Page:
The sublime message of the Bhagavad Gita is timeless and is applicable in every facet of life. Within Srimad Bhagavad Gita are the answers to the mysteries of existence – our real purpose in this world, how we should act and why we suffer, or are oftentimes helpless in our struggle for survival.
To understand Srimad Bhagavad Gita one must enter into the spirit of the Gita by accepting the path of devotion (bhakti). Accordingly, the Gita’s message cannot be properly understood by mental speculation. To this end, the sublime process illuminated within the Gita must be accepted as given by the speaker Himself, Shri Krishna.
The active principle of understanding the message of the Gita is to hear directly from the Master of yoga, Shri Krishna, who is glorified throughout the Vedic literature as the Supreme Person, the Absolute Truth. Shri Krishna speaks to Arjuna in Srimad Bhagavad Gita and thus one who studies the Gita hears from Krishna directly.
The philosophy of Srimad Bhagavad Gita is clear for the sincere reader, yet for some, approaching the Gita may seem daunting – its language too ancient. However, this obstacle is easily overcome by a straightforward translation and commentary (Anuvritti). The requirement for a translation and commentary on the Gita is as necessary today as anytime in the past. With the passing of time, our values and our worldview are constantly changing, and this demands a fresh approach to the understanding of the Gita.
This translation and commentary on Srimad Bhagavad Gita provides simple, yet profound knowledge to elevate us to a higher state of consciousness whereby we can realize our true self and progress towards attaining a life of spiritual fulfillment. Self-realization means to realize our actual purpose in life and act towards it, gradually freeing us from the yoke of material bondage. Where there is light, darkness cannot stand — where there is proper knowledge, ignorance cannot remain. Srimad Bhagavad Gita unravels the mysteries of life, providing not only knowledgeable answers, but also a progressive process to uplift us to pure consciousness.
One of the more remarkable features of the Gita is that its readers can easily observe and feel its philosophy working, like poetry in motion, in their everyday lives. The knowledge of Srimad Bhagavad Gita is a true science – its formulas for success clear and observable in action. The Bhagavadgita thus provides a complete outline for self-realization in everyday life.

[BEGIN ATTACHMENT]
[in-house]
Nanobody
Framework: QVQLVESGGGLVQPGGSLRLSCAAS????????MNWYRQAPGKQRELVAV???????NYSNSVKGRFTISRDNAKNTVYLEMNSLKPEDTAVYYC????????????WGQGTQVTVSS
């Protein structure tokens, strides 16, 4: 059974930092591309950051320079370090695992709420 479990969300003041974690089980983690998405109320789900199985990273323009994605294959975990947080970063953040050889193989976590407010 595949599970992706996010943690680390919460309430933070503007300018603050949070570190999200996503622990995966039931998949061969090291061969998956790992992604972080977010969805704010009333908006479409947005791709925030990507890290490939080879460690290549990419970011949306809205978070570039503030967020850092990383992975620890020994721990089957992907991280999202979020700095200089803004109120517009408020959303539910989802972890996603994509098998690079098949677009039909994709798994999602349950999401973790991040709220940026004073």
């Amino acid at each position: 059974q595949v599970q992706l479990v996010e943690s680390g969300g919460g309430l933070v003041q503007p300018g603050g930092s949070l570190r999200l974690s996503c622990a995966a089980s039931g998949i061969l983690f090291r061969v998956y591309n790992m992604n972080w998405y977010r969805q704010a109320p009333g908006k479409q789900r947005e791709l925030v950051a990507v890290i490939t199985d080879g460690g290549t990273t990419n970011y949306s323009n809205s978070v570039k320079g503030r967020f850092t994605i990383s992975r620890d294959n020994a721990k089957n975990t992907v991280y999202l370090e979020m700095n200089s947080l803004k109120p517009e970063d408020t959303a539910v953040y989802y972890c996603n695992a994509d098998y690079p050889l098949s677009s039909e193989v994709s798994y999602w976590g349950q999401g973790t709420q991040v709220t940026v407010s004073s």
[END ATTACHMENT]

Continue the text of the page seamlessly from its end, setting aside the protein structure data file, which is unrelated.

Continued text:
Anyone who is fortunate enough to dive deeply into the wisdom of Srimad Bhagavad Gita and embrace its message will surely achieve success, for this is guaranteed in the Gita’s final verse:
yatra yogeshvarah krishno yatra partho dhanur-dharah
tatra shrir vijayo bhutir dhruva nitir matir mama
Where there is Shri Krishna, the Master of yoga, and where there is Arjuna, the mighty archer, there will always be prosperity, victory, opulence and righteousness – this is my firm conviction. (BG 18.78)
The Bhagavad Gita is the oldest and most widely read book of theistic science in the world today. Also known as the Gitopanishad, Srimad Bhagavad Gita has been the principle handbook of yoga for more than 5,000 years. In contrast to many mundane literatures of the present day, Srimad Bhagavad Gita is free from mental speculation and is complete in knowledge of the eternal self (atma), the process of bhakti-yoga and the nature and identity of the Absolute Truth, Shri Krishna. As such, Srimad Bhagavad Gita is the single most important book in the world, surpassing all others in wisdom and enlightenment.
The first word of Srimad Bhagavad Gita is dharma. Sometimes dharma is mistaken to mean religion or a particular belief, but it is not so. Dharma means the quintessential duty or knowledge that elevates our consciousness to a direct connection with the Absolute Truth. This is also known as sanatana-dharma, the occupational duty of all living beings. Srimad Bhagavad Gita begins with the word dharma – thus we can understand from the outset that Srimad Bhagavad Gita is not about dogma or a sectarian way of thinking. Indeed, Srimad Bhagavad Gita is the complete science of realizing the Absolute Truth.
For an observant person it is clear that the world around us is a bewildering place with many unsolved mysteries. If one is seeking answers to the age-old questions of ‘Who am I?’ ‘Why do we suffer?’ ‘Where do we come from?’ ‘What is the purpose of life?’ ‘What happens after death?’ – then one will find great satisfaction in Srimad Bhagavad Gita because the Gita answers these questions and more with the utmost clarity.
In Search of Truth
As a young seeker of truth, I first came in contact with Srimad Bhagavad Gita in 1968. In subsequent years I traveled to India and studied Srimad Bhagavad Gita under the foremost gurus of the late 20th century, A.C. Bhaktivedanta Svami Prabhupada and Svami B.R. Shridhara Deva Gosvami. By the goodwill of these two great masters, the essential message of Srimad Bhagavad Gita entered my heart and I was soon to be situated on the path of self-realization.
As with any path in life, one will certainly encounter crossroads. The first crossroads that I came to while studying Srimad Bhagavad Gita was to decide on the path – personal or impersonal. Was I to follow the path of personalism – ultimately to perfect the individual self and enter into the spiritual sky of Vaikuntha planets and live eternally with the Supreme Person, Shri Krishna? Or was I to follow the path of impersonalism – ultimately ending existence as an individual living being and merging myself into the brahmajyoti of infinite bliss? I chose the former, bhakti-yoga.
Srimad Bhagavad Gita culminates in Bhakti-Yoga
Srimad Bhagavad Gita is specifically meant for those following the path of bhakti-yoga. Many impersonal philosophers have tried to lay claim to the Gita over the years, at times even claiming to be Shri Krishna – a claim that is exposed by the simple fact that they do not understand the message of Shri Krishna in Srimad Bhagavad Gita, despite its profound clarity. Shri Krishna is the original speaker of Srimad Bhagavad Gita, therefore He must know the message of the Gita better than anyone, and Krishna says in the Eighteenth Chapter that the message of the Gita is exclusively meant for those who are aspiring to know the Absolute Truth on the path of bhakti-yoga.
The Message of Srimad Bhagavad Gita